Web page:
[The following poem is the last written by the able pen of our deceased friend and former countryman, Mr. W. Cotten Downing. It was first published in the Asheville Evening Journal Feb., 28 , and finding, as all his writings did, such a warm reception from the people, it was called back and appeared again the next day in the same paper. We do not produce it as an average specimen of the poetical talent of this true Southern gentleman who loved the Sunny South, but who now lies cold in death, covered by the northern sod, but through the respect and love which we ever had for him in life, and to show that his last work and days were spent in praising and upon the soil he loved so well. -- Ed. Roanoke Beacon 14 March 1890.]
Oh! mountain-girt city of Asheville,
The gem of "The Land of the Sky,"
The rose of the beautiful valley,
With the French Broad flowing by,
How grand is the sweep of the mountains
Encircling the hill and the vale,
How pure are the musical fountains,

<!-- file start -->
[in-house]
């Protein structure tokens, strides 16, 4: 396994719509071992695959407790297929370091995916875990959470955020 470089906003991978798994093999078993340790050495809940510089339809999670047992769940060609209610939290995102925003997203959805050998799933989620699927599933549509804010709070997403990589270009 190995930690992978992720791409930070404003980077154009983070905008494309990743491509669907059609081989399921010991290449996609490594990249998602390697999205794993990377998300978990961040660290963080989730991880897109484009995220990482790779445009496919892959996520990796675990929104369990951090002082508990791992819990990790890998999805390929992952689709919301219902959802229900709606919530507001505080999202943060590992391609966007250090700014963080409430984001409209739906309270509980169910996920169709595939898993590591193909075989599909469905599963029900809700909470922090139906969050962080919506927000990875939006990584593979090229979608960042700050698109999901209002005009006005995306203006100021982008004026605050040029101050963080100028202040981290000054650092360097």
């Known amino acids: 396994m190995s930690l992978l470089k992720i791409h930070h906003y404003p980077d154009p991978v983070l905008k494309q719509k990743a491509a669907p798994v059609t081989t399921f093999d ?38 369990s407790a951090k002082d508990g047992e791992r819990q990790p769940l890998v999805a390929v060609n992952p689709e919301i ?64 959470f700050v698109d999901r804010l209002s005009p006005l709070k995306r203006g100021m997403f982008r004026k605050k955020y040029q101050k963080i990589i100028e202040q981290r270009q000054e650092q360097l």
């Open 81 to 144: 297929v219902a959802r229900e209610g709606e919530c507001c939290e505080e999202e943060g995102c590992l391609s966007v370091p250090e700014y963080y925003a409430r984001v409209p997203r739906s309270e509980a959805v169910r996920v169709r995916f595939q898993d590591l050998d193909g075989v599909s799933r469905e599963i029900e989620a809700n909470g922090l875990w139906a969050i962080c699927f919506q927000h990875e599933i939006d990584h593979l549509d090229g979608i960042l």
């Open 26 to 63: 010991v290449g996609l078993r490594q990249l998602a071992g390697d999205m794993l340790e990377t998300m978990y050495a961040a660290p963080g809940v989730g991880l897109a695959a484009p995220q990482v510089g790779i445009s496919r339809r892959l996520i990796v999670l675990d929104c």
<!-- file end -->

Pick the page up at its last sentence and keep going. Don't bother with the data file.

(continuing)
And soft the caress of the gale.
'Tis here that the zephyrs are fondest,
For they heal with a touch of their wings.
Tis here that the flowers are fairest,
And here the mountain hill sings.
'Tis here that the trill of the bluebird
Sweetly blends with the oriole's song,
As they flit over meadow and hillside,
In the sunlight, all the day long.
'Tis here that the cheeks of the maiden
Ripen out with the roses of health,
And the invalid lover of Mammon
Feels a joy that is better than wealth;
For the skies that are bright as Italian,
With the green wooded mountain and glen,
Bring back the full vigor of manhood,
And life is worth living again.
Oh! beautiful City of Asheville,
Romancer nor poet can write
The beauties that cluster around thee
Like glittering stars of the night;
But the eye of enraptured beholder
Alone, to the soul, of them speaks,
From the scenes on the swift-rolling river
All around to the tall mountain peak.
W. Cotten Downing
February 27, 1890